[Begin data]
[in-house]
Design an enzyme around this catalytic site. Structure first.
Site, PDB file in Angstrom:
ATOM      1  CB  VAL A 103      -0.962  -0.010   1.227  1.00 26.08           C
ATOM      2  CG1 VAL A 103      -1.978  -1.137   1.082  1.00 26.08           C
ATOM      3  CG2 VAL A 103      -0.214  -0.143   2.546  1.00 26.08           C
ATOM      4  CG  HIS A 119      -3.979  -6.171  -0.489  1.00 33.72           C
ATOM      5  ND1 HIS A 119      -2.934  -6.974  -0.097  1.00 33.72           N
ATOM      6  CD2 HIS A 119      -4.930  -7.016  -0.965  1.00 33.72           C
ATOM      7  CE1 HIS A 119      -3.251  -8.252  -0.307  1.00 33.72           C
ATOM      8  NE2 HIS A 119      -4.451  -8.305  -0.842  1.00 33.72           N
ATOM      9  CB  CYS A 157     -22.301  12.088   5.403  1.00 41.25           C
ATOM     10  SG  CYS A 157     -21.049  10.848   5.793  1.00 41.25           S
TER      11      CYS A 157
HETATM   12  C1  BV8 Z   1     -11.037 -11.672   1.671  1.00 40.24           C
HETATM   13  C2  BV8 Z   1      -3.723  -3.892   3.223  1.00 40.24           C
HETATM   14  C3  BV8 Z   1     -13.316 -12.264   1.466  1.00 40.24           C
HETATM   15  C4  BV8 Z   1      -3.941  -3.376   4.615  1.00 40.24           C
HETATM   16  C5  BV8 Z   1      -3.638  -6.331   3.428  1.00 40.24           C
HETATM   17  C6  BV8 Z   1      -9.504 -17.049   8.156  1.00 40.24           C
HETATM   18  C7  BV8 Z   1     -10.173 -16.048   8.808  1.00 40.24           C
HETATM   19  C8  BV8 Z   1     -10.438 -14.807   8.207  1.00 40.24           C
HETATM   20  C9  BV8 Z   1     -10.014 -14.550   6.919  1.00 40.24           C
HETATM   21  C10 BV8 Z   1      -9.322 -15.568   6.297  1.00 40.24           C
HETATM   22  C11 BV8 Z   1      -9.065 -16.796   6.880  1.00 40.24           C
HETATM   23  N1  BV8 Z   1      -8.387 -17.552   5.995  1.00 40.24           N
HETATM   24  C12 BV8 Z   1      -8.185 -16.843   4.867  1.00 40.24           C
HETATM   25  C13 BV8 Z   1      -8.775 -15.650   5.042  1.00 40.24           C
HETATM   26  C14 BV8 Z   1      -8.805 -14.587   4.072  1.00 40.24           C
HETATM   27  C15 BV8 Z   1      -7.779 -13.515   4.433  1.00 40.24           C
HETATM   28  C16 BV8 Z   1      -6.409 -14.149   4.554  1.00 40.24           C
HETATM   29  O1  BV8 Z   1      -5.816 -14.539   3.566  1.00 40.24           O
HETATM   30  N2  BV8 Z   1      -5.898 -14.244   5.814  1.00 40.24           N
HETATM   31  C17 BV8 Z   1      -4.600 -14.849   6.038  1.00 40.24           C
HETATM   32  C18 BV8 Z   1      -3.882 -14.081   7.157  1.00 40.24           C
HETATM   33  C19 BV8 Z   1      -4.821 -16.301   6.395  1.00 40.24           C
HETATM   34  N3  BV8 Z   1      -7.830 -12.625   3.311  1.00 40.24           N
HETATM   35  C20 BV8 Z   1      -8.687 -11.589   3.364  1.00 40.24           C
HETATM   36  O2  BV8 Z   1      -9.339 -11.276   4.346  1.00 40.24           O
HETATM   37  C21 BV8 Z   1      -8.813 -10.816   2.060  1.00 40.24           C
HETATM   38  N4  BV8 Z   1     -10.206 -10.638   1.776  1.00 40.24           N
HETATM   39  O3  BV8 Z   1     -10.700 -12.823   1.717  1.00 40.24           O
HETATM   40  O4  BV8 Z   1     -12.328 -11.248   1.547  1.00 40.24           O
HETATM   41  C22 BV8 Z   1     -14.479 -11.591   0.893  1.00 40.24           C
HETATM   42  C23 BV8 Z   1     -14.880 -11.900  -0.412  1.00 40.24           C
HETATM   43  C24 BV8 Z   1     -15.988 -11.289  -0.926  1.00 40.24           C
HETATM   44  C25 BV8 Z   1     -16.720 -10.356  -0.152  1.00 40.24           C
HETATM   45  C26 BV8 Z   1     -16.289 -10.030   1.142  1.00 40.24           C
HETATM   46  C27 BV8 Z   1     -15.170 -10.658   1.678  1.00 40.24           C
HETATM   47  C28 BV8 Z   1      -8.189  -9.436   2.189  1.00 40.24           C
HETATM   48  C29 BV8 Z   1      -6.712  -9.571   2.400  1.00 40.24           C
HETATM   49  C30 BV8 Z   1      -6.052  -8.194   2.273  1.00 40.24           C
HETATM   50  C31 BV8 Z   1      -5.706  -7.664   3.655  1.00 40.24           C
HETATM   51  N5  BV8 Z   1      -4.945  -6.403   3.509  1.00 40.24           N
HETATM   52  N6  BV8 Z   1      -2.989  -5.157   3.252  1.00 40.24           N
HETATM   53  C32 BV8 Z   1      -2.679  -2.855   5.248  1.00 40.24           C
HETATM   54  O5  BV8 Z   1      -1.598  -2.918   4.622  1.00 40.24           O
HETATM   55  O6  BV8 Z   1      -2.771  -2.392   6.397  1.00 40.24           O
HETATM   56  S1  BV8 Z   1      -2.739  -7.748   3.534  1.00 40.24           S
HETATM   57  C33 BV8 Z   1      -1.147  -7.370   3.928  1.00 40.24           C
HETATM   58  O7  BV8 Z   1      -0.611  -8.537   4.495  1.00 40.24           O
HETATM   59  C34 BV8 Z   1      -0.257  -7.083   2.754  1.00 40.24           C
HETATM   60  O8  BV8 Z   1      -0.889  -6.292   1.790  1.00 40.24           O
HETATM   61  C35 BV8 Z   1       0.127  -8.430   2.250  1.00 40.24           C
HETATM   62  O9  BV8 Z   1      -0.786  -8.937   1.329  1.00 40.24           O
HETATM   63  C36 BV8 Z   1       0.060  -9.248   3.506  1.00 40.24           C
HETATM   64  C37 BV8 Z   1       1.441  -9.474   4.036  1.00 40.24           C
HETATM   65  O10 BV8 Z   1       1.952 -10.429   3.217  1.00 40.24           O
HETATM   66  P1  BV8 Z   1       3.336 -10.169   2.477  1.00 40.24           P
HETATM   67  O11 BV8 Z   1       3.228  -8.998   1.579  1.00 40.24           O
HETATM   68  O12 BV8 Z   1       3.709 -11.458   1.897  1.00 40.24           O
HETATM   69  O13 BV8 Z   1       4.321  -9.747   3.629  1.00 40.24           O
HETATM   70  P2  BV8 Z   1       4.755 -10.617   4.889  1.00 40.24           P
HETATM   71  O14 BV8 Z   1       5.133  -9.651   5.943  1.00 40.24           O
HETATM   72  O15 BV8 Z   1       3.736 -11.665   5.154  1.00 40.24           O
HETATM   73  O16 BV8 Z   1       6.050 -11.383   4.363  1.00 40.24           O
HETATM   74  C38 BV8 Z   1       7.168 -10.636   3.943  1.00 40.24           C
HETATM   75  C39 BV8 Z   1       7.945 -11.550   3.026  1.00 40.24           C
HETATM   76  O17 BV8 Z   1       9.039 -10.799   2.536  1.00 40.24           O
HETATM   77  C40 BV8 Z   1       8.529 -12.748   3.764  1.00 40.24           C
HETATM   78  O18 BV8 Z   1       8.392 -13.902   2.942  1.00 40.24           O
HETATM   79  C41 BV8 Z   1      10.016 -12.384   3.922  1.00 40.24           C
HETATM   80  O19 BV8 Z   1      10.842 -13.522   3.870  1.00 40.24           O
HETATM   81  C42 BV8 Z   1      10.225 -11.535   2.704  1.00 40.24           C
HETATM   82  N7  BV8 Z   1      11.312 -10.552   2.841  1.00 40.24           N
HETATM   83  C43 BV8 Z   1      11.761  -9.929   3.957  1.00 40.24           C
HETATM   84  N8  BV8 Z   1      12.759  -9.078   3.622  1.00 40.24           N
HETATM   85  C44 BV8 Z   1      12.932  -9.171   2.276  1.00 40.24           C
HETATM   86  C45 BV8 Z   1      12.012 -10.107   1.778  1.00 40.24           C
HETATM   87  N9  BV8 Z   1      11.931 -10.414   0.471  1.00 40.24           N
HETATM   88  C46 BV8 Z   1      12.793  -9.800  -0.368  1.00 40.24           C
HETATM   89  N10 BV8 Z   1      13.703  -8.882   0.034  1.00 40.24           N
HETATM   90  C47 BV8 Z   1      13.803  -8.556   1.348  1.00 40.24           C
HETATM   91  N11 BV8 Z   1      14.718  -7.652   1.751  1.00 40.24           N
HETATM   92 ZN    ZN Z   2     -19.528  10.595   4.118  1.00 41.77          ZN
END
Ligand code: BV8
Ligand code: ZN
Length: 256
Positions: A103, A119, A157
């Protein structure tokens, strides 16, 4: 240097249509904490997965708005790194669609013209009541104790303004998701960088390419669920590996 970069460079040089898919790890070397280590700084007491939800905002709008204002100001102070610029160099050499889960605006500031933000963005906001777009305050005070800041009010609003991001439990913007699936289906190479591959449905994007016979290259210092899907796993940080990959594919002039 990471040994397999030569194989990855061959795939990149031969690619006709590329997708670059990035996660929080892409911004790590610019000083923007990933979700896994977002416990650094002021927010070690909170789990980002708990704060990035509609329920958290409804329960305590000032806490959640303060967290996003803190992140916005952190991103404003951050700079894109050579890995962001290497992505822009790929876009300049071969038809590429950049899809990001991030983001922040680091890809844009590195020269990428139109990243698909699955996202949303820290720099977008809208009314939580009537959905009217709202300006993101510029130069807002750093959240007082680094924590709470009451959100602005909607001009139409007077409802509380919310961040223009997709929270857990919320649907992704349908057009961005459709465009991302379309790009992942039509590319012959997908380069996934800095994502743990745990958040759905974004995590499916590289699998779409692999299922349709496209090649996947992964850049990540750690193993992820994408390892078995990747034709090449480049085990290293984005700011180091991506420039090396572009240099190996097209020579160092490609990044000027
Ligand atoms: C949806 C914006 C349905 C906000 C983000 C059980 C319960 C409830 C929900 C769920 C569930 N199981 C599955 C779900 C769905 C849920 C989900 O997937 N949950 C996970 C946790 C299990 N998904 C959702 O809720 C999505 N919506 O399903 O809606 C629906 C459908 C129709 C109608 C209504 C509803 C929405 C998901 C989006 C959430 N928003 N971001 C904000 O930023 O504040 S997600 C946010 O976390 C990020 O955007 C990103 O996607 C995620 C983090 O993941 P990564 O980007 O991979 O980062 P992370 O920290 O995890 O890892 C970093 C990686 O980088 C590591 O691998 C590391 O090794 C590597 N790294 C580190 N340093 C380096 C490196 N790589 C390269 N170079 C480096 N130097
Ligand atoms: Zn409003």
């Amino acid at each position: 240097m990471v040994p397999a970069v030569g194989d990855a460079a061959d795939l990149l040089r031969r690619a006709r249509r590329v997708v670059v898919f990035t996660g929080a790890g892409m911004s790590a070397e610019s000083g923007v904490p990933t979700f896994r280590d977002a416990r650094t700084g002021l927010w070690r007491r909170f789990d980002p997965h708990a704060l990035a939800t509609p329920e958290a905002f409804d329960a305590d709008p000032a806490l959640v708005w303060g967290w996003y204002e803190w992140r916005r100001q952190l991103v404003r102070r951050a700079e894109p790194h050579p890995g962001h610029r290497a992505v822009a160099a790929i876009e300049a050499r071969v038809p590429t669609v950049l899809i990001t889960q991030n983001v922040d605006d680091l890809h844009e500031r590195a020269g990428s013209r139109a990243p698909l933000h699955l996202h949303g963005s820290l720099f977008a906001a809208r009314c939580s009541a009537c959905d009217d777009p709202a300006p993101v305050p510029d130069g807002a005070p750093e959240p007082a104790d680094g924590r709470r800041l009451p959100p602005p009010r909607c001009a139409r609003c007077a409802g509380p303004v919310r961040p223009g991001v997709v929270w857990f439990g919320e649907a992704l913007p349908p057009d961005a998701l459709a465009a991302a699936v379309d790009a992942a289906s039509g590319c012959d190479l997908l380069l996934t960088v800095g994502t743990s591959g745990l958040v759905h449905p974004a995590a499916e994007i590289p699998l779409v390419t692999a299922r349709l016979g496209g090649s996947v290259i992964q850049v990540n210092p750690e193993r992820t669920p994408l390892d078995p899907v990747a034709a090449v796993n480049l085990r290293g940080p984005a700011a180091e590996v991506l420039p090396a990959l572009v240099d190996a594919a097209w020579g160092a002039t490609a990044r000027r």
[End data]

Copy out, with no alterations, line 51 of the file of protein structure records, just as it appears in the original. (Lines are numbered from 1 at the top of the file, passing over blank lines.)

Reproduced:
HETATM   48  C29 BV8 Z   1      -6.712  -9.571   2.400  1.00 40.24           C